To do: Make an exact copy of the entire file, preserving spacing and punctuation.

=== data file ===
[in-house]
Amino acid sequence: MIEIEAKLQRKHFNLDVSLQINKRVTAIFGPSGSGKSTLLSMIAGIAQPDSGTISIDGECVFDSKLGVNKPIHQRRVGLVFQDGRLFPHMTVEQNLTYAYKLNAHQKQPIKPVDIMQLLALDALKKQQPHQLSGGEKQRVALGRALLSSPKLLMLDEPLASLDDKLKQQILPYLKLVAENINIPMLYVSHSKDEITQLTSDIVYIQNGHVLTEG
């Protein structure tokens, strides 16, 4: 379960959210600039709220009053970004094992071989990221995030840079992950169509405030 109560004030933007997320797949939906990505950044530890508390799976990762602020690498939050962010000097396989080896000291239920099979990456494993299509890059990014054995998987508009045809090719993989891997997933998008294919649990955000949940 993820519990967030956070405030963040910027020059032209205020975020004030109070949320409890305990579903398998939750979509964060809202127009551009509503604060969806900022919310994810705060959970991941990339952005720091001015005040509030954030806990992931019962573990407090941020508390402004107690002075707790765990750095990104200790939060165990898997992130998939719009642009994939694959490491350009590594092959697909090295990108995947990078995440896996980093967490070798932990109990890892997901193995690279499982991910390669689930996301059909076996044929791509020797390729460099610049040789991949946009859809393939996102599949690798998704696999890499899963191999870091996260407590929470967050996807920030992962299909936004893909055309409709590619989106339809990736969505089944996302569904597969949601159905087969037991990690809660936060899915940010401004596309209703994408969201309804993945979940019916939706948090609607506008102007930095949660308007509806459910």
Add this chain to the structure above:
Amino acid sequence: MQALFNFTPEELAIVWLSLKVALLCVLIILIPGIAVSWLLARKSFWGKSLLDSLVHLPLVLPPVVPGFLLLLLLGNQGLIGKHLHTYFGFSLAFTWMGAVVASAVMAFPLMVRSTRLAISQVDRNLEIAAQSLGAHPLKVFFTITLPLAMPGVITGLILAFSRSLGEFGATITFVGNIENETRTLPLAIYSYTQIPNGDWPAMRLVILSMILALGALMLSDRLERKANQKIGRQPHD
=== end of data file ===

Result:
[in-house]
Amino acid sequence: MIEIEAKLQRKHFNLDVSLQINKRVTAIFGPSGSGKSTLLSMIAGIAQPDSGTISIDGECVFDSKLGVNKPIHQRRVGLVFQDGRLFPHMTVEQNLTYAYKLNAHQKQPIKPVDIMQLLALDALKKQQPHQLSGGEKQRVALGRALLSSPKLLMLDEPLASLDDKLKQQILPYLKLVAENINIPMLYVSHSKDEITQLTSDIVYIQNGHVLTEG
């Protein structure tokens, strides 16, 4: 379960959210600039709220009053970004094992071989990221995030840079992950169509405030 109560004030933007997320797949939906990505950044530890508390799976990762602020690498939050962010000097396989080896000291239920099979990456494993299509890059990014054995998987508009045809090719993989891997997933998008294919649990955000949940 993820519990967030956070405030963040910027020059032209205020975020004030109070949320409890305990579903398998939750979509964060809202127009551009509503604060969806900022919310994810705060959970991941990339952005720091001015005040509030954030806990992931019962573990407090941020508390402004107690002075707790765990750095990104200790939060165990898997992130998939719009642009994939694959490491350009590594092959697909090295990108995947990078995440896996980093967490070798932990109990890892997901193995690279499982991910390669689930996301059909076996044929791509020797390729460099610049040789991949946009859809393939996102599949690798998704696999890499899963191999870091996260407590929470967050996807920030992962299909936004893909055309409709590619989106339809990736969505089944996302569904597969949601159905087969037991990690809660936060899915940010401004596309209703994408969201309804993945979940019916939706948090609607506008102007930095949660308007509806459910």
Add this chain to the structure above:
Amino acid sequence: MQALFNFTPEELAIVWLSLKVALLCVLIILIPGIAVSWLLARKSFWGKSLLDSLVHLPLVLPPVVPGFLLLLLLGNQGLIGKHLHTYFGFSLAFTWMGAVVASAVMAFPLMVRSTRLAISQVDRNLEIAAQSLGAHPLKVFFTITLPLAMPGVITGLILAFSRSLGEFGATITFVGNIENETRTLPLAIYSYTQIPNGDWPAMRLVILSMILALGALMLSDRLERKANQKIGRQPHD